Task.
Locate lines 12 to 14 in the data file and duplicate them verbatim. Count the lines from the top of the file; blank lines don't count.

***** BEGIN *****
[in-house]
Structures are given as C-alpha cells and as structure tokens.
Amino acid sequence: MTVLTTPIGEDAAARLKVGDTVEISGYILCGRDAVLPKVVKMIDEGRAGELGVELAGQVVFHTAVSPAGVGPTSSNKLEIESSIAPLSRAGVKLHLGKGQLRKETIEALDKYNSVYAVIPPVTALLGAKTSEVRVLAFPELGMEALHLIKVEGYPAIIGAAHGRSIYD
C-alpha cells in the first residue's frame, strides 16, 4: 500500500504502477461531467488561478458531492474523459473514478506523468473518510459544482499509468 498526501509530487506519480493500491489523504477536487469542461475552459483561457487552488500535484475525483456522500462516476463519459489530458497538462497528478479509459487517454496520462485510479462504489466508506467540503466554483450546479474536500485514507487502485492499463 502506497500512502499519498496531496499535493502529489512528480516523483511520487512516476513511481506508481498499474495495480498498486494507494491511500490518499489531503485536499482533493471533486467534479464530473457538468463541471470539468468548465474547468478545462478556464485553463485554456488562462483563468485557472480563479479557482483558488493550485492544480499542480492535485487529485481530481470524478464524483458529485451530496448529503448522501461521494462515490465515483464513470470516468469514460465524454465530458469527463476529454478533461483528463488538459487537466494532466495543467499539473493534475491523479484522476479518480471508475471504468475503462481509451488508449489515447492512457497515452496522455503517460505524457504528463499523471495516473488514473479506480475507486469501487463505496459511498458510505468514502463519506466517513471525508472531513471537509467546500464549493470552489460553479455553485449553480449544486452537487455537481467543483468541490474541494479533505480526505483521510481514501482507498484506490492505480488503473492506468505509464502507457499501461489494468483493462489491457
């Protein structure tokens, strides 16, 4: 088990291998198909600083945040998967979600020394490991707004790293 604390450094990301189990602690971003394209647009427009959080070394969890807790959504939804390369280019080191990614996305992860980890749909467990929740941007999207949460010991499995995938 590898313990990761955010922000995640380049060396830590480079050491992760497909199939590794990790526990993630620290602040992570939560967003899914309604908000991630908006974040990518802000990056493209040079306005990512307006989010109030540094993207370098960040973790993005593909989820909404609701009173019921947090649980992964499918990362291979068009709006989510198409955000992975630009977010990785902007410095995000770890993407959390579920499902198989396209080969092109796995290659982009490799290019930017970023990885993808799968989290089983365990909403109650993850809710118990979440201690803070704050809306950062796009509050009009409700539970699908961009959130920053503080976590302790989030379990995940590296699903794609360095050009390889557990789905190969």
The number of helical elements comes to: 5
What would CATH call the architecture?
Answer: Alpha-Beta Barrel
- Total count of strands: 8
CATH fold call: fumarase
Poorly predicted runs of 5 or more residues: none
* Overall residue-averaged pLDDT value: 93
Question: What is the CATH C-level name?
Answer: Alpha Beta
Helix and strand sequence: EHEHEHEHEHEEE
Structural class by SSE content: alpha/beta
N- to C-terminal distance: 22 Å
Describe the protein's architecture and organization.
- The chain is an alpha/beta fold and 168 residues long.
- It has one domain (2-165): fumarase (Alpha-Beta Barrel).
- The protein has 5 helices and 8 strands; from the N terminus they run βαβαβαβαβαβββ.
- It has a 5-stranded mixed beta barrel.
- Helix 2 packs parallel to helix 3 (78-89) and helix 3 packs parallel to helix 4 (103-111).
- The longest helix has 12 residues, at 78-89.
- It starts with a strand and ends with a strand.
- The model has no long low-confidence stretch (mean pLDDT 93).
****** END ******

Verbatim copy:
* Overall residue-averaged pLDDT value: 93
Question: What is the CATH C-level name?
Answer: Alpha Beta